Previous Challenge Entry (Level 4 – Masters)
Topic: DRIZZLE (03/05/20)
TITLE: A Journey Home
By Marilyn Borga
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Mary-berry. I sniffed at the use of the pet name from those bygone days when we’d picked strawberries for our mother; only Sean had ever dared to call me that. As for spending my money, he needn’t know that his own daughter had paid my airfare and expenses. I had jumped at the chance of a free holiday.
“Come sit,” he insisted, grinning and patting the armchair beside him. I didn’t hesitate to sink into the soft cushions; I’d been fighting jetlag all morning.
“You’re looking well,” he continued as he clasped my hand. “Retirement must agree with you.”
I shrugged. “I walk dogs for people now, just for something to do.”
“Yes, and you always were fond of animals,” he recalled. “Ever since old Shep. He was a grand old dog, he was.”
I blinked, surprised at the tears that threatened at the mention of Shep, one bright spot in my childhood. I shook away the memory and focused instead on my only living sibling. Nearly five decades ago I had left Ireland and had returned only a handful of times. These days, emails and Facebook posts kept us in touch. Sean had aged considerably since my last visit ten years ago, as had I. Still, he didn’t look as ill as I’d expected, considering my niece’s sense of urgency. His legs had weakened; he was confined to a wheelchair, yet he seemed vigorous enough.
We chatted a while about his children and grandkids. Eventually, the conversation lulled and he wheeled himself over to the window. I rose to join him and we gazed on the gentle hills that surrounded Killgallon Care Centre. It had been drizzling all morning; dark, heavy clouds cast gloom on the scene and my mood, but Sean smiled as he turned his face to me.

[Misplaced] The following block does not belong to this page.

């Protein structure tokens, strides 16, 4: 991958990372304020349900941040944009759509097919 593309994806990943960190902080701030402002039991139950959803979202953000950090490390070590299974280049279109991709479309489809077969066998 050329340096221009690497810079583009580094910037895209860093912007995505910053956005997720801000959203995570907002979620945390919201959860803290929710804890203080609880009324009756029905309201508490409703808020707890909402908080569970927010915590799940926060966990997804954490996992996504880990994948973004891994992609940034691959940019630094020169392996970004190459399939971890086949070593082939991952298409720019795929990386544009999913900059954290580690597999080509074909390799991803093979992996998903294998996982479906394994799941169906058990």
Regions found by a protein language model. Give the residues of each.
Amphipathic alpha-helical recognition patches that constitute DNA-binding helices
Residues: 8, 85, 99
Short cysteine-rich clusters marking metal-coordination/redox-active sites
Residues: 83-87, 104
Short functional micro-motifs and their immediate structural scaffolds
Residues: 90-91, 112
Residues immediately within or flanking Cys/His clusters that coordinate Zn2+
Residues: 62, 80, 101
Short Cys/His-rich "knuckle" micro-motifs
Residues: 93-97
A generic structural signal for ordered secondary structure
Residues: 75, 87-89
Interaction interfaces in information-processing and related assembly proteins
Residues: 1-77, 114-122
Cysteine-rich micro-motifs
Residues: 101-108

“Ah, Mary, I think of our childhood so often. They were splendid times, weren’t they?”
I scoffed. Splendid indeed! “We were dirt poor,” I retorted.
“Yet we always had plenty to fill our bellies--and a sound roof over our heads!”
“If you don’t mind tatties and cabbage every day and a damp, crowded cottage---”
“We were surrounded by family that loved us---”
“Except that Da sometimes loved his bottle more,” I countered, hating the shrillness in my voice. I’d vowed this visit would be pleasant so I shut my mouth.
Sean’s voice was gentle, his expression thoughtful. “Ah, well, yes. I will concede to that. Da spent more time at the Prancing Horse than he ought, yet he was never cruel, Mary. There’s naught a soul without some weakness.”
I squirmed inside. I had waged my own battle with alcohol for thirty years but had been sober now for twenty. Sean wasn’t pointing fingers; no, it wasn’t his way. He only stated the obvious. I might blame Da for my hereditary propensity to alcoholism, but no one had forced me to take the first drink that led to the downward spiral. I had made my own choices from the time I fled home after high school. I struggled for years to free myself from the chains of my addiction. Eventually, I had given up my pride and asked God for help; only then had I succeeded.
Sean suddenly backed his chair from the window and turned lickety-split toward the door, calling over his shoulder for me to follow as he wheeled toward the exit.
“It’s still raining-- you’ll catch your death,” I protested.
“Ach, it’s warm and barely drizzling; we won’t melt! Hurry!”
So we watched as grey clouds lifted and golden sunlight rolled over the hillsides, transforming them from dull green to vibrant emerald. Soon a rainbow stretched wide across an azure sky. And with that flood of glorious color came a rush of lovely memories.
My brother lifted his arms, acknowledging God’s goodness. We’d shared the same family, the same experiences, yet we had always looked at life so differently; he was salt, I was pepper. He the sweet and I, the bitter.
I’d assumed my niece had planned this trip for Sean’s sake alone. But perhaps Shannon sensed---and God knew--- that I had needed this trip home, this last chance to cast aside old resentments once and for all, and like Sean, know gratitude.
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